The ionic environment of the cell membrane is of extreme importance in maintaining cell integrity and the numerous functions necessary for cell growth, differentiation, etc., as well as in cell-biomaterial interactions. In this study, the effects of polylysine (a basic poly-amino acid with a net positive charge which is often used to coat biomaterials surfaces) on the erythroleukemic K562 cell membrane were investigated. In particular, the effects of this polycation were evaluated using dielectric relaxation studies in the radiofrequency range with which it is possible to measure both active ionic transport across the cell membrane (membrane conductivity) and the static charge distribution present on the cell surface due to the structural components of the cell membrane (membrane permittivity). The conductivity of the cytosol can also be determined. The results demonstrate that while the conductivity of the cytosol is not significantly altered, both the conductivity and permittivity of the K562 cell membrane are varied by exposure of these cells to polylysine. These observations indicate that both active ionic transport and the type, quantity, or distribution of membrane components such as lipids, proteins, and polysaccharides may also be altered. Although the precise mechanisms by which these variations in K562 cells occur are unknown, it can be hypothesized that changes in the growth characteristics of these cells may be in part responsible. In particular, as demonstrated by light microscopic examination of K562 cells directly in the culture flasks, the cells in polylysinecoated flasks do not grow in suspension as do the controls, but rather show anchorage-dependent like behavior. It is this important change from suspension to monolayer growth induced by polylysine that may be responsible for the changes in membrane electrical parameters.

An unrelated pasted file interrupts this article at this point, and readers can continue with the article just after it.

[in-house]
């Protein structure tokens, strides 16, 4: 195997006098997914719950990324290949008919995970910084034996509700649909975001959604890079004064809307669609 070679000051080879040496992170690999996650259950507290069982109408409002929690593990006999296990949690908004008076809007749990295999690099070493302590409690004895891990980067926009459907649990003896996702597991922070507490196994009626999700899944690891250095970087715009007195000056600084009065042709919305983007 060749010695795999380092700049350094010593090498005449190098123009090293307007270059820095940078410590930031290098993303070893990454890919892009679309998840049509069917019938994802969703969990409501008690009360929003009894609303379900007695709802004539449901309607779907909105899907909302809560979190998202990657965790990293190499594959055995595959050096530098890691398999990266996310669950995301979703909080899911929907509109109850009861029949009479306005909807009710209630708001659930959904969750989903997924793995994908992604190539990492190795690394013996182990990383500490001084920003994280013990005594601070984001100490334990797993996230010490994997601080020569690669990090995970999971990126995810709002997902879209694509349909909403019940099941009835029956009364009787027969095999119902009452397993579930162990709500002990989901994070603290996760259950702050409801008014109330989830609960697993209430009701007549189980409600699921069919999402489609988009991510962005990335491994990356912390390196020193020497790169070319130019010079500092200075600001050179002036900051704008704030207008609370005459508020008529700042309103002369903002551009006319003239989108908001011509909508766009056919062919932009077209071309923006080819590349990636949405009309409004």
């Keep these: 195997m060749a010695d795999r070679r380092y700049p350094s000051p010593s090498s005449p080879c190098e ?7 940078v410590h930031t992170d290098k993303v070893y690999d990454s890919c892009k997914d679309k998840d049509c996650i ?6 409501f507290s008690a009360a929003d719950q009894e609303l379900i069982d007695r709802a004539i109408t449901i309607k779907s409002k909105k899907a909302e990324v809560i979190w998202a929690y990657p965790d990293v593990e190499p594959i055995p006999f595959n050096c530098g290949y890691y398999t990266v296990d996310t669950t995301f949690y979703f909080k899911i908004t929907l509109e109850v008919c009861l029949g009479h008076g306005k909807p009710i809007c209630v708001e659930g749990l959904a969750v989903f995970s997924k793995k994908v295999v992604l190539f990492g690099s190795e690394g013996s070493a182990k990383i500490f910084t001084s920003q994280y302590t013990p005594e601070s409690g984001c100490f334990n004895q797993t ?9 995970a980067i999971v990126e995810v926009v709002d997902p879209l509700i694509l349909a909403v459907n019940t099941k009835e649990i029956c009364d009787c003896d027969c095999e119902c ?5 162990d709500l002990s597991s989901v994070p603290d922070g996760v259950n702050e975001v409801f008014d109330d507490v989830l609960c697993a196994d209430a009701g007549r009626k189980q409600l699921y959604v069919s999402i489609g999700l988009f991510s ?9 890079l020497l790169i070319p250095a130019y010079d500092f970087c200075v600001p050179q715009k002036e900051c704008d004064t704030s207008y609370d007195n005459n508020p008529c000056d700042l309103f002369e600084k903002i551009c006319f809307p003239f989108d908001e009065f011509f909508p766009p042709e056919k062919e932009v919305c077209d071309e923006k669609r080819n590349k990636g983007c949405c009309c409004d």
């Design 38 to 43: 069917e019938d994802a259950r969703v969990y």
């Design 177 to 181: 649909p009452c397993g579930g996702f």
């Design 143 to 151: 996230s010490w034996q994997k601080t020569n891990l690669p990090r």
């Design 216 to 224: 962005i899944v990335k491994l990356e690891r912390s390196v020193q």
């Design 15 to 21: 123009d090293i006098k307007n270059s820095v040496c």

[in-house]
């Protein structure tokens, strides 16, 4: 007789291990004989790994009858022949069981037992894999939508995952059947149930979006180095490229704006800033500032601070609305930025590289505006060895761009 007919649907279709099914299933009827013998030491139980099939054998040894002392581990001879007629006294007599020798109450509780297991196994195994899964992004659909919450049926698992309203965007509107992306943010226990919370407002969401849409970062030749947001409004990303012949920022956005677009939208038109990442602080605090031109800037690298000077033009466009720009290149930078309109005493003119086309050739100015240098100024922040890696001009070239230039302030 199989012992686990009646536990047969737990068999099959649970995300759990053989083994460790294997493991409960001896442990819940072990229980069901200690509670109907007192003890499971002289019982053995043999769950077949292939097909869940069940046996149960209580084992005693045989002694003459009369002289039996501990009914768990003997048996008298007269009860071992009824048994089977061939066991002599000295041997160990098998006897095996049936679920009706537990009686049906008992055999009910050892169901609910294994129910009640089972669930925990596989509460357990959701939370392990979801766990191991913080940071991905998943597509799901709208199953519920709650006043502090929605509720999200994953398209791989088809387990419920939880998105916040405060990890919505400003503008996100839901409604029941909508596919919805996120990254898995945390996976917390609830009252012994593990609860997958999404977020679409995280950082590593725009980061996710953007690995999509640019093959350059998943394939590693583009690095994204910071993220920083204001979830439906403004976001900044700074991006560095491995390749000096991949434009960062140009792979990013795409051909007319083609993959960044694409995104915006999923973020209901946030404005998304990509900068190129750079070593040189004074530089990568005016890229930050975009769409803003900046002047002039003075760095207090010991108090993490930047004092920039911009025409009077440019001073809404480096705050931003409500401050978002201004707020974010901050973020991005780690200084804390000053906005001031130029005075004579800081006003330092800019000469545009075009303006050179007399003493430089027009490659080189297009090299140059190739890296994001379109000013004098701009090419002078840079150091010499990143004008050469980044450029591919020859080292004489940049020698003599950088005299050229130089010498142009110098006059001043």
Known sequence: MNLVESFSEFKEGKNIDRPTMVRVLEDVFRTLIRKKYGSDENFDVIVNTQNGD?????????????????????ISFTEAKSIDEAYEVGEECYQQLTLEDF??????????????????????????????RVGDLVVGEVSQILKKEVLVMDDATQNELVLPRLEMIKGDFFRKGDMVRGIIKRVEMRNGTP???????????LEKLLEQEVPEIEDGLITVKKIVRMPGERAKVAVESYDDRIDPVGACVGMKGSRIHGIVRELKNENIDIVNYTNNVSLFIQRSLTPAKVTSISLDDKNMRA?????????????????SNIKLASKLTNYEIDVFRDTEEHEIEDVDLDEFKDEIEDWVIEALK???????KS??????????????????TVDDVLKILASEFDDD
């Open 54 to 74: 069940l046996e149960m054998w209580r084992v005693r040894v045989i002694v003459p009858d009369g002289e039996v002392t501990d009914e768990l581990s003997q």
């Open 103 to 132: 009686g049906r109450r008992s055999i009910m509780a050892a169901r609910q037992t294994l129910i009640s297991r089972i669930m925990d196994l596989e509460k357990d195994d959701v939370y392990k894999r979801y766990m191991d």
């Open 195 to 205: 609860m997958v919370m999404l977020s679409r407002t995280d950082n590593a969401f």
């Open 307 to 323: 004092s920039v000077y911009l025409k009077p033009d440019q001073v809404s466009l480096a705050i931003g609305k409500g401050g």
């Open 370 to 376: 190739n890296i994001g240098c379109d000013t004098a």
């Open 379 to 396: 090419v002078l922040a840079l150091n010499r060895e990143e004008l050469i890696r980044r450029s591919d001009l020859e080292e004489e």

|Number of pages||10|
|Journal||Journal of Biomedical Materials Research|
|Publication status||Published - 1997|
ASJC Scopus subject areas
- Biomedical Engineering